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Questioning risk-based fire and life safety education age priorities
  1. Timothy McNamara
  1. Correspondence to Timothy McNamara, Center for Homeland Defense and Security, Naval Postgraduate School, 1 University Circle, Bldg 220, Rm. 064, Monterey, CA 93943-5155, USA; tim.mcnam{at}gmail.com

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Conventional wisdom assumes that Fire and Life Safety Education (FLSE) programmes should be concentrated on high-risk groups, an approach that prioritises children under 14 years of age and adults aged 65 years and over. Warda et al1 declare it ‘essential to decisively target campaigns to those at highest risk for fire injury’, and identify young children and the elderly as the two age groups requiring this focus due to their higher relative risk of dying in a fire. The US Department of Homeland Security advocates for the same strategy in establishing guidelines for fire prevention grant applications, and UK Fire and Rescue Services similarly allocate FLSE resources by risk.2 ,3 In observing FLSE programmes, Diekman et al4 confirm that young children and older adults have been rightfully recognised as priorities. The result is FLSE campaigns that either teach children youth-oriented lessons such as stop, drop and roll and to never play with matches, or instruct senior citizens in adult-oriented practices such as safe cooking and space heater use, proper smoke alarm maintenance, and responsible smoking habits.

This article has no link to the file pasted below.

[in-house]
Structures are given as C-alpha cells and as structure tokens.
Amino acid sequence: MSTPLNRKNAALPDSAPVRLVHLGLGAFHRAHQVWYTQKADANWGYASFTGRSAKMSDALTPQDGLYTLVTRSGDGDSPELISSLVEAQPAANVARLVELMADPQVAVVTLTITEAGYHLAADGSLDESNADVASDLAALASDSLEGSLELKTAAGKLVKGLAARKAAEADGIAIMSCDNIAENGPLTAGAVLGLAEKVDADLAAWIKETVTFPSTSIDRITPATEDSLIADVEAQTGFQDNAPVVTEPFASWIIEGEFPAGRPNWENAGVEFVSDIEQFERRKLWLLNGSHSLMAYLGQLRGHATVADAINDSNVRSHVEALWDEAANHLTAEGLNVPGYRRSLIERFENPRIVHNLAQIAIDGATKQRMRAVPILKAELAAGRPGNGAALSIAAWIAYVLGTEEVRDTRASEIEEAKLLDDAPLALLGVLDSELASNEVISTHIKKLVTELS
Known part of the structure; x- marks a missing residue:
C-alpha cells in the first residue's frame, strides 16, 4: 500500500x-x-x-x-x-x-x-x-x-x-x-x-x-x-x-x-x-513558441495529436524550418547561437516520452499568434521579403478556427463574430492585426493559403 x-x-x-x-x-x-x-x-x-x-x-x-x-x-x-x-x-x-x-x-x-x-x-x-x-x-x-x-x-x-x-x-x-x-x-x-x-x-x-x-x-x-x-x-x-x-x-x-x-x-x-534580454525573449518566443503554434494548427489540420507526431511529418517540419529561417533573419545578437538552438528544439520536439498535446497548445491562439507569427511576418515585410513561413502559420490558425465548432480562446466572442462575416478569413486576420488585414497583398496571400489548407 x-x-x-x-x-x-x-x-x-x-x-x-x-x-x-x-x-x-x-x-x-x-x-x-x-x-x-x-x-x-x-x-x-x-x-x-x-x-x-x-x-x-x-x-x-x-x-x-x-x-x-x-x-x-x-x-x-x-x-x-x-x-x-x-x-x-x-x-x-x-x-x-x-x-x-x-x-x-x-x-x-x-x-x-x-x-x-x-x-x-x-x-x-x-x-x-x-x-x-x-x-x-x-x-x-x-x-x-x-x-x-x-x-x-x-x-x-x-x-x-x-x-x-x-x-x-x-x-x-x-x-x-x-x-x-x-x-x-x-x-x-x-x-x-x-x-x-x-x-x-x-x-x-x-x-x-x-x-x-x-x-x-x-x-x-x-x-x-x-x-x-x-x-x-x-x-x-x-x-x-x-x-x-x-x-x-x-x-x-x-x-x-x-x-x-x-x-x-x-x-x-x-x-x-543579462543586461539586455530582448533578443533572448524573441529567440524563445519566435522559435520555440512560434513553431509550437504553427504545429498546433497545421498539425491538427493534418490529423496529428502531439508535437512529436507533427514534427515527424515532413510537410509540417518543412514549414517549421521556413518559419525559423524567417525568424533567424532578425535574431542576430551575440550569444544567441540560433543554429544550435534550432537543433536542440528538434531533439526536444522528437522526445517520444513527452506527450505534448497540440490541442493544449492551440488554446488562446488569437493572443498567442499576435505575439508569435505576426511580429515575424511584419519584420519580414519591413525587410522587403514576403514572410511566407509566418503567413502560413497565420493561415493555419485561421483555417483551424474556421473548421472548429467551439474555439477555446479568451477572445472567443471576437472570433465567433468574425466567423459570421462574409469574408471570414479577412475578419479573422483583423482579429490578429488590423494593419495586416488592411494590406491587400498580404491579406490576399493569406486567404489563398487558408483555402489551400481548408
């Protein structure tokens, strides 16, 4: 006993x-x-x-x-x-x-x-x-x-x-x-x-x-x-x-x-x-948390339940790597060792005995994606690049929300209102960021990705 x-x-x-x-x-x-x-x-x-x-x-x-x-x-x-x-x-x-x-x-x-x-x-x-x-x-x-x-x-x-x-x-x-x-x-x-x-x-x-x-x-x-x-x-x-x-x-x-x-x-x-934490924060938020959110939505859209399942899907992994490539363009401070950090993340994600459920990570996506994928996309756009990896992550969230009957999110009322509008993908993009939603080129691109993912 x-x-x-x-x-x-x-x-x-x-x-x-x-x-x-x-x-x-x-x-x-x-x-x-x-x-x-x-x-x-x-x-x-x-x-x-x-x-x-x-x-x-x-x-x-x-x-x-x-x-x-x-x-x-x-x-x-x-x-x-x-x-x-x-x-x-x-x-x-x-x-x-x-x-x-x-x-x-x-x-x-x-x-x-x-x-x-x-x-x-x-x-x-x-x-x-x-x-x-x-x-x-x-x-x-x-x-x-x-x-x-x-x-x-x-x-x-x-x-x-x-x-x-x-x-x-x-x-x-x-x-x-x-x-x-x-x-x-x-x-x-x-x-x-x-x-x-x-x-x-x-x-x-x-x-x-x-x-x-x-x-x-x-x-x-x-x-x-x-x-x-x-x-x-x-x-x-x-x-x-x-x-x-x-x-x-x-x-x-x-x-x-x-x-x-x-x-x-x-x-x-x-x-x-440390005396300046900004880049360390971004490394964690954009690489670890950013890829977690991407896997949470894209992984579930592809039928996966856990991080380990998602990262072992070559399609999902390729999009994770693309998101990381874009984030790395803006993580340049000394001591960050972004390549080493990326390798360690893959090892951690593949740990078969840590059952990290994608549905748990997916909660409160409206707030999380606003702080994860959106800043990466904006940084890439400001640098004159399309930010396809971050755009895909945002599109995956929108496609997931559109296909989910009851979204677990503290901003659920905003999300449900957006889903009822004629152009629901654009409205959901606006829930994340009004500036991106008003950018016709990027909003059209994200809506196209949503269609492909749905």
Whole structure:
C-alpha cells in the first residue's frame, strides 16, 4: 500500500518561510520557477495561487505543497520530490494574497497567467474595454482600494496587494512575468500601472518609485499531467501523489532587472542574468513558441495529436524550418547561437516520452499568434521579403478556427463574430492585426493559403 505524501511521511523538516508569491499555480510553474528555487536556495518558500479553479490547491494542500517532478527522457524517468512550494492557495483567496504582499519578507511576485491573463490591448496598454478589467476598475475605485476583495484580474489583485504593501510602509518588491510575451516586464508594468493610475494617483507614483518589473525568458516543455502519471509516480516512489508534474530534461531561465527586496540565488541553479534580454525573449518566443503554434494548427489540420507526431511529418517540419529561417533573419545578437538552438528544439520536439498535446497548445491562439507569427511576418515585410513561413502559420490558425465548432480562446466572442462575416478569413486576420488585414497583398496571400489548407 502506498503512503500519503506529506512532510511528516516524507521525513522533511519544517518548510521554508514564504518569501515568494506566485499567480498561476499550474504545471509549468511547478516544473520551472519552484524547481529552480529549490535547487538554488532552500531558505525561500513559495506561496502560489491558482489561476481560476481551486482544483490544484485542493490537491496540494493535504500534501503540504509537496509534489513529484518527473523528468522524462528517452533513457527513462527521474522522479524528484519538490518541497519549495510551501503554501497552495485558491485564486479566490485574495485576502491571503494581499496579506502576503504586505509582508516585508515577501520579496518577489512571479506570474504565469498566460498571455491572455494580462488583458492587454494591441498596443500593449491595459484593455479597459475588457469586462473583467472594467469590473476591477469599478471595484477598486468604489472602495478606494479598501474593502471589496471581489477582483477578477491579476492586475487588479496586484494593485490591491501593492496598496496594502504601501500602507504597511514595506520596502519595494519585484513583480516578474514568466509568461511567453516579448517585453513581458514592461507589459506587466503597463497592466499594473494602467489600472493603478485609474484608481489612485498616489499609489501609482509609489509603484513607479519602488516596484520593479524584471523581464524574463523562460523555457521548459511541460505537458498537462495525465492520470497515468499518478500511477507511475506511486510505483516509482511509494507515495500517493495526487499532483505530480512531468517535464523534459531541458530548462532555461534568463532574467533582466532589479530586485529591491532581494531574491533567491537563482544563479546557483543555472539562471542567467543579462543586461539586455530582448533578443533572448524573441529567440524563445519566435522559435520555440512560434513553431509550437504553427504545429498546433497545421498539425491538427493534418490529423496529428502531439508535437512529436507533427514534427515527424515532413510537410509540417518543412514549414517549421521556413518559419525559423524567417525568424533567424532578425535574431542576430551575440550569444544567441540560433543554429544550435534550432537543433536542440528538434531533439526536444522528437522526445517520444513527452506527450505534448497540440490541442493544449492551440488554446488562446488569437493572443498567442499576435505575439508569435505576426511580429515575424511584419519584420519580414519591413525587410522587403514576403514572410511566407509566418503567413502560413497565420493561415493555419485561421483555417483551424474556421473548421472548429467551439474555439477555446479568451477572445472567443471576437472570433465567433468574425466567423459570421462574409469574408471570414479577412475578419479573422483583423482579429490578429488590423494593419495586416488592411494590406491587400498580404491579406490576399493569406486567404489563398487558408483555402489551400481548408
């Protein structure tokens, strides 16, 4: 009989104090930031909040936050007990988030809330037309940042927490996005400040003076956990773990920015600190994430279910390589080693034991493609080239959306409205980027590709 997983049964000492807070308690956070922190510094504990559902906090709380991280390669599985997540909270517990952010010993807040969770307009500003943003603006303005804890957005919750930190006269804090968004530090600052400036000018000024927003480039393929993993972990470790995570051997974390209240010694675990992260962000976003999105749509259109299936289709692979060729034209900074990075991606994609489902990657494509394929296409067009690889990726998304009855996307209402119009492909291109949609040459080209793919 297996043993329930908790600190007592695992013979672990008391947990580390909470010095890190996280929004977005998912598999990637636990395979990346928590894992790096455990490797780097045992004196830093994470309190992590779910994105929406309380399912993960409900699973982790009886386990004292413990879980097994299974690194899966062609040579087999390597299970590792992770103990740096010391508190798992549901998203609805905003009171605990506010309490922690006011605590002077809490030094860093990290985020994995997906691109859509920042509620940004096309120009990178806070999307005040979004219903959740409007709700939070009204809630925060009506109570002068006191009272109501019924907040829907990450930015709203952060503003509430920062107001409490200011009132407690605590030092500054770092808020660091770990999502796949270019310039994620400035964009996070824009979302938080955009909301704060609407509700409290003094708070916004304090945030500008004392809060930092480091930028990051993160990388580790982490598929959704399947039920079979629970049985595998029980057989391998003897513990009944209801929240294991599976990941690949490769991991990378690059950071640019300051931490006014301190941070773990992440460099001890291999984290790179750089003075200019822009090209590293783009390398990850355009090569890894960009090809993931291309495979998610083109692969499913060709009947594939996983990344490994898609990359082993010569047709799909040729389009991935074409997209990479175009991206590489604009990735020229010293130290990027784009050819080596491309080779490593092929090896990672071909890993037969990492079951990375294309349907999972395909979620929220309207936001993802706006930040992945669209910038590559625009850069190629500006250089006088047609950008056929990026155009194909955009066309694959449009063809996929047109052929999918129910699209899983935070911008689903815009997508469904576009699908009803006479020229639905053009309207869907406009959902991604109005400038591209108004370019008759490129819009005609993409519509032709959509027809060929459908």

The problem with using risk to determine FLSE age priorities, however, is that there is no justification to support this strategy. Studies have not analysed whether targeting high-risk age groups achieves a greater reduction in injuries or produces a larger increase in the implementation of FLSE practices than alternative age prioritisations. Also missing is a theoretical model or framework to explain why risk is the best way to allocate FLSE among various age groups. The inability to directly validate the current approach is not surprising given that studies of individual FLSE programmes have been criticised as unreliable due to inconsistent design or performance measures, lack of randomness or controls, and inadequate sample size or follow-up time.5 ,6 The …

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